Research: 76% of Recruiting Leaders Think They’re Underutilizing Data

Research: 76% of Recruiting Leaders Think They’re Underutilizing Data

Mike Roberts

recruiting-research-dataRecruiting is a field replete with subjectivity, and for mostly good reasons. Although a candidate’s skills may perfectly align with the job description, talent acquisition professionals can save lots of resources by moving onto the next one if they think there’s no cultural fit. But as data analysis takes on a more prevalent role in business and that trend carries over into recruiting, reliance on gut decisions seems to be fading—at least slowly for the time being.

A recent study from LinkedIn highlighted the current state of data use in recruiting. Based on survey responses of 4,125 recruiting decision-makers from 31 different countries, it showed that only 24% of recruiting leaders think they are effectively using data in their roles. That means almost three in four feel the opposite—a somewhat concerning number—but one that’s expected at this stage in the talent acquisition field’s data use and analytics maturity.

In this post, we’ll take a closer look at the research from LinkedIn, and also investigate what it’s going to take to accelerate a more effective use of data in recruiting.

How Are Recruiting Organizations Using Data?

Although many recruiting leaders feel that they’re underutilizing data, about a quarter of all respondents from across the globe believe they are using it effectively. LinkedIn broke down these numbers further based on different countries. 29% of U.S.-based respondents say they use data effectively, while at the top and bottom of that pool Germany and India have very different results, with 9% and 53% reporting effective data use, respectively.

LinkedIn dug a little deeper into this issue, though, beyond just whether or not companies are getting the most out of their talent data. They looked into how data is actually being used. Four different areas stuck out:

  • 57% of recruiting leaders are using data for long-term workforce planning
  • 54% of recruiting leaders are using data for leadership development and succession planning
  • 45% of recruiting leaders are using data to identify urgent needs for specific types of talent
  • 42% of recruiting leaders are using data for internal mobility purposes

Of these results, one that’s most interesting is the fact that 45% of recruiting leaders are using data to identify urgent needs for specific types of talent. The word “urgent” is really indicative of the overall status of data use in recruiting, because as we’ve discussed in the past most talent acquisition organizations right now seem to be stuck in the reactive state on the recruiting maturity journey.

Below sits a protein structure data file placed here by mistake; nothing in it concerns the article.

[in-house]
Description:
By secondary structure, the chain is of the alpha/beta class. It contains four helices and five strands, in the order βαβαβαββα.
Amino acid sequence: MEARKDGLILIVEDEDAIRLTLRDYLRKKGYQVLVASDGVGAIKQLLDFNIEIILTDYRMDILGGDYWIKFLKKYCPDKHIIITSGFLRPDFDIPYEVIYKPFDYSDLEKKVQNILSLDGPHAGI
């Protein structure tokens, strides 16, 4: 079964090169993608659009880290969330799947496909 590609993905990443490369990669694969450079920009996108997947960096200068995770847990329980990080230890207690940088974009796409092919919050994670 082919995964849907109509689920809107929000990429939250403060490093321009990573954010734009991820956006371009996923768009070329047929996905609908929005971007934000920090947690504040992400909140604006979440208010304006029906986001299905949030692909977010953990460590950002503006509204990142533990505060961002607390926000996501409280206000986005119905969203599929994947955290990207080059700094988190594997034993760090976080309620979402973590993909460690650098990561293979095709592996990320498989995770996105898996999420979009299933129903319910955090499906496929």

If we take lessons from the experts at Carnegie Mellon University who developed the Capability Maturity Model, moving forward in the recruiting maturity journey means becoming less reactive (looking less at “urgent” needs) and more proactive. Doing so will be a matter of adopting standardized methods for data analysis as well as incorporating the use of technology into the mix—in this case, recruiting analytics.

The challenge lies in the process of moving from ad-hoc, one-off reactive spreadsheet use to proactive next-generation analytics. This is closely tied to both how fast companies can make IT investment decisions and the utility and accessibility of the solutions actually available.

Fast-tracking More Effective Data Use With Recruiting Analytics

With analytics taking on a more central role in our everyday lives, it’s interesting to think a large proportion of Millennials and just about everyone younger are starting to consider it normal to let data guide their decisions. An analytics-based perspective is taking over. The “consumerization” of analytics, and the resulting spillover from this mindset is accelerating analytics use in the business environment, and also impacting how solutions providers develop their tools.

In the past, professionals dedicated to data analysis were needed to glean actionable insights from data. But analytics are making simple analyses more accessible. Now someone saying “show me the numbers to support this decision” is more applicable than ever to different roles and business functions. Relative to other fields, recruiting is a bit behind the curve in analytics adoption but signs are pointing toward a data-driven future.

It is with the use of data analytics and business intelligence tools that recruiting organizations will be able to become more proactive with their data and consequently accelerate their status on the recruiting maturity journey. LinkedIn’s biggest takeaway from its research was that “Recruiting leaders need to strengthen their talent analytics capabilities to stay ahead,” and that statement couldn’t be more spot on.

Many ahead-of-the-curve companies are already equipping their talent acquisition teams—not just leaders but recruiters, too—with the tools needed to make informed decisions. This is an area to keep an eye on and resist hesitation in. If you’re stuck in the reactive state of recruiting maturity as the average company becomes more proactive and data-driven, it’s going to be a rude awakening in the not-too-distant future.

The first step toward making any data-driven decisions is to get a better understanding of analytics in recruiting in general. To learn more read our whitepaper, Analytics in Talent Acquisition: The Hype, the Reality, and the Future.

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